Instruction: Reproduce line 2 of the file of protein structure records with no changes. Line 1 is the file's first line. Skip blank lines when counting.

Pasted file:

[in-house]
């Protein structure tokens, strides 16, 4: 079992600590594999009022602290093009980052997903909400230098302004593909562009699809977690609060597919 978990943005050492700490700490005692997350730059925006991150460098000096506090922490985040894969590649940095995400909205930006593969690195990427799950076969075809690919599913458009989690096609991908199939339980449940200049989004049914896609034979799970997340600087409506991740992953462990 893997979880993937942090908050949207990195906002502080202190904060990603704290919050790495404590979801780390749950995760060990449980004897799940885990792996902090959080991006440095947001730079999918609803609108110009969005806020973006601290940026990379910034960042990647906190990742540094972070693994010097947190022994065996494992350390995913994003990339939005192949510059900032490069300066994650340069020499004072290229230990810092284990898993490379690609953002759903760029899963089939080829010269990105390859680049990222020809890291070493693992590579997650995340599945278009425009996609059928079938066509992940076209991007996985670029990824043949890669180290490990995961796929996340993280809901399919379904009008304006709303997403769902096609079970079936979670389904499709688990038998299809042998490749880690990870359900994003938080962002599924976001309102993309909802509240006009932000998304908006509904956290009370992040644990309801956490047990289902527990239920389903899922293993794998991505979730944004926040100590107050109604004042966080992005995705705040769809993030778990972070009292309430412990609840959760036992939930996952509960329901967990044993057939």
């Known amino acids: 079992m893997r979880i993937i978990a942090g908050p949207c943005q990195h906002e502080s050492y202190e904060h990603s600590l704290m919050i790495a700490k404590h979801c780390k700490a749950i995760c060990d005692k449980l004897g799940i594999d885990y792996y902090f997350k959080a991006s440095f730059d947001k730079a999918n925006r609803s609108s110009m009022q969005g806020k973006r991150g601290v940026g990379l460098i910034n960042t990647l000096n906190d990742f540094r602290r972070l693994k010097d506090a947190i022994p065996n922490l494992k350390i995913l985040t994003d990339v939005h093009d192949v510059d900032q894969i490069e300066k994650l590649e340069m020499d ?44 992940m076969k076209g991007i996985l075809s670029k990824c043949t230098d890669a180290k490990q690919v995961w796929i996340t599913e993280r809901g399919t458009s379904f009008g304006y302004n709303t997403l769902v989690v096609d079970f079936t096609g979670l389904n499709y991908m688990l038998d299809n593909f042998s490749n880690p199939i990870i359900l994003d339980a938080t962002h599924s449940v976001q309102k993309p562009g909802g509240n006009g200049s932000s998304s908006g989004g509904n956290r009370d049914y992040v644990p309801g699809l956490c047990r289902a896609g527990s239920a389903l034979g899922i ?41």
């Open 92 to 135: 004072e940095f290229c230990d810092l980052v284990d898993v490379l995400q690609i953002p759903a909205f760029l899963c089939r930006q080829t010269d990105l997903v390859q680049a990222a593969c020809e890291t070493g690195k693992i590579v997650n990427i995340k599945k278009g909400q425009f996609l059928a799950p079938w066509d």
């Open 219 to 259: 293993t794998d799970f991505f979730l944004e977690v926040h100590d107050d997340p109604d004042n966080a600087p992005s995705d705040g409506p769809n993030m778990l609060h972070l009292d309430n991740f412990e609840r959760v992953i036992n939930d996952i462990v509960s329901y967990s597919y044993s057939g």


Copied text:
């Protein structure tokens, strides 16, 4: 079992600590594999009022602290093009980052997903909400230098302004593909562009699809977690609060597919 978990943005050492700490700490005692997350730059925006991150460098000096506090922490985040894969590649940095995400909205930006593969690195990427799950076969075809690919599913458009989690096609991908199939339980449940200049989004049914896609034979799970997340600087409506991740992953462990 893997979880993937942090908050949207990195906002502080202190904060990603704290919050790495404590979801780390749950995760060990449980004897799940885990792996902090959080991006440095947001730079999918609803609108110009969005806020973006601290940026990379910034960042990647906190990742540094972070693994010097947190022994065996494992350390995913994003990339939005192949510059900032490069300066994650340069020499004072290229230990810092284990898993490379690609953002759903760029899963089939080829010269990105390859680049990222020809890291070493693992590579997650995340599945278009425009996609059928079938066509992940076209991007996985670029990824043949890669180290490990995961796929996340993280809901399919379904009008304006709303997403769902096609079970079936979670389904499709688990038998299809042998490749880690990870359900994003938080962002599924976001309102993309909802509240006009932000998304908006509904956290009370992040644990309801956490047990289902527990239920389903899922293993794998991505979730944004926040100590107050109604004042966080992005995705705040769809993030778990972070009292309430412990609840959760036992939930996952509960329901967990044993057939």